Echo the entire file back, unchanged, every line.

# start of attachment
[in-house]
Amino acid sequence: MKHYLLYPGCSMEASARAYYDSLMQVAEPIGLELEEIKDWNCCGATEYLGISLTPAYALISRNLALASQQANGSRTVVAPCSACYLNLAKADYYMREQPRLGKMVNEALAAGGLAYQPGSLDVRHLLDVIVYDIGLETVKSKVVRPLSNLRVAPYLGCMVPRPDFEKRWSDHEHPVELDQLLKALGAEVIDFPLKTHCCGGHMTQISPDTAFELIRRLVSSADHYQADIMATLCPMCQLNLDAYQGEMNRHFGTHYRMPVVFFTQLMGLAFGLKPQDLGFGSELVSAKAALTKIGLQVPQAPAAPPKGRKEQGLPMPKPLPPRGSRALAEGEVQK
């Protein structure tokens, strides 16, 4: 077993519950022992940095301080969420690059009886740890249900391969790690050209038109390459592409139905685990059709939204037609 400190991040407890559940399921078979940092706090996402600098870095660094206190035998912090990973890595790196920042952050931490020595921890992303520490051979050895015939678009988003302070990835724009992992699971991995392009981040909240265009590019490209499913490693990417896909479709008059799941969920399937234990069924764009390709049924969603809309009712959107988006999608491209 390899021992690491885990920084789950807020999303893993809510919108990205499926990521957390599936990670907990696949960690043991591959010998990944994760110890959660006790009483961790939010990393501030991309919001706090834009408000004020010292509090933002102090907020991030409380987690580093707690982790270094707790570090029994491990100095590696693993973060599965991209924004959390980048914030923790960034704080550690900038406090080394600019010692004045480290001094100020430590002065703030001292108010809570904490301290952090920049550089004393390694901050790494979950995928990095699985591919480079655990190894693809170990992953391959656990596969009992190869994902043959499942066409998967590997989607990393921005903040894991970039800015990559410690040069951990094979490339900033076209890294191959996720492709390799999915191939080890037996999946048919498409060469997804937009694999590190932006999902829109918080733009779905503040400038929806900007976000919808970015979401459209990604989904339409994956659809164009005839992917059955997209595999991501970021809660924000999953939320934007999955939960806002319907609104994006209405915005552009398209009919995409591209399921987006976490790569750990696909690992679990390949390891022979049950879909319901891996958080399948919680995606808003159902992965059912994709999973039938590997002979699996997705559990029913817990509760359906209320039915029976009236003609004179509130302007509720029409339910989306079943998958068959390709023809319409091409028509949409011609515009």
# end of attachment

[in-house]
Amino acid sequence: MKHYLLYPGCSMEASARAYYDSLMQVAEPIGLELEEIKDWNCCGATEYLGISLTPAYALISRNLALASQQANGSRTVVAPCSACYLNLAKADYYMREQPRLGKMVNEALAAGGLAYQPGSLDVRHLLDVIVYDIGLETVKSKVVRPLSNLRVAPYLGCMVPRPDFEKRWSDHEHPVELDQLLKALGAEVIDFPLKTHCCGGHMTQISPDTAFELIRRLVSSADHYQADIMATLCPMCQLNLDAYQGEMNRHFGTHYRMPVVFFTQLMGLAFGLKPQDLGFGSELVSAKAALTKIGLQVPQAPAAPPKGRKEQGLPMPKPLPPRGSRALAEGEVQK
């Protein structure tokens, strides 16, 4: 077993519950022992940095301080969420690059009886740890249900391969790690050209038109390459592409139905685990059709939204037609 400190991040407890559940399921078979940092706090996402600098870095660094206190035998912090990973890595790196920042952050931490020595921890992303520490051979050895015939678009988003302070990835724009992992699971991995392009981040909240265009590019490209499913490693990417896909479709008059799941969920399937234990069924764009390709049924969603809309009712959107988006999608491209 390899021992690491885990920084789950807020999303893993809510919108990205499926990521957390599936990670907990696949960690043991591959010998990944994760110890959660006790009483961790939010990393501030991309919001706090834009408000004020010292509090933002102090907020991030409380987690580093707690982790270094707790570090029994491990100095590696693993973060599965991209924004959390980048914030923790960034704080550690900038406090080394600019010692004045480290001094100020430590002065703030001292108010809570904490301290952090920049550089004393390694901050790494979950995928990095699985591919480079655990190894693809170990992953391959656990596969009992190869994902043959499942066409998967590997989607990393921005903040894991970039800015990559410690040069951990094979490339900033076209890294191959996720492709390799999915191939080890037996999946048919498409060469997804937009694999590190932006999902829109918080733009779905503040400038929806900007976000919808970015979401459209990604989904339409994956659809164009005839992917059955997209595999991501970021809660924000999953939320934007999955939960806002319907609104994006209405915005552009398209009919995409591209399921987006976490790569750990696909690992679990390949390891022979049950879909319901891996958080399948919680995606808003159902992965059912994709999973039938590997002979699996997705559990029913817990509760359906209320039915029976009236003609004179509130302007509720029409339910989306079943998958068959390709023809319409091409028509949409011609515009």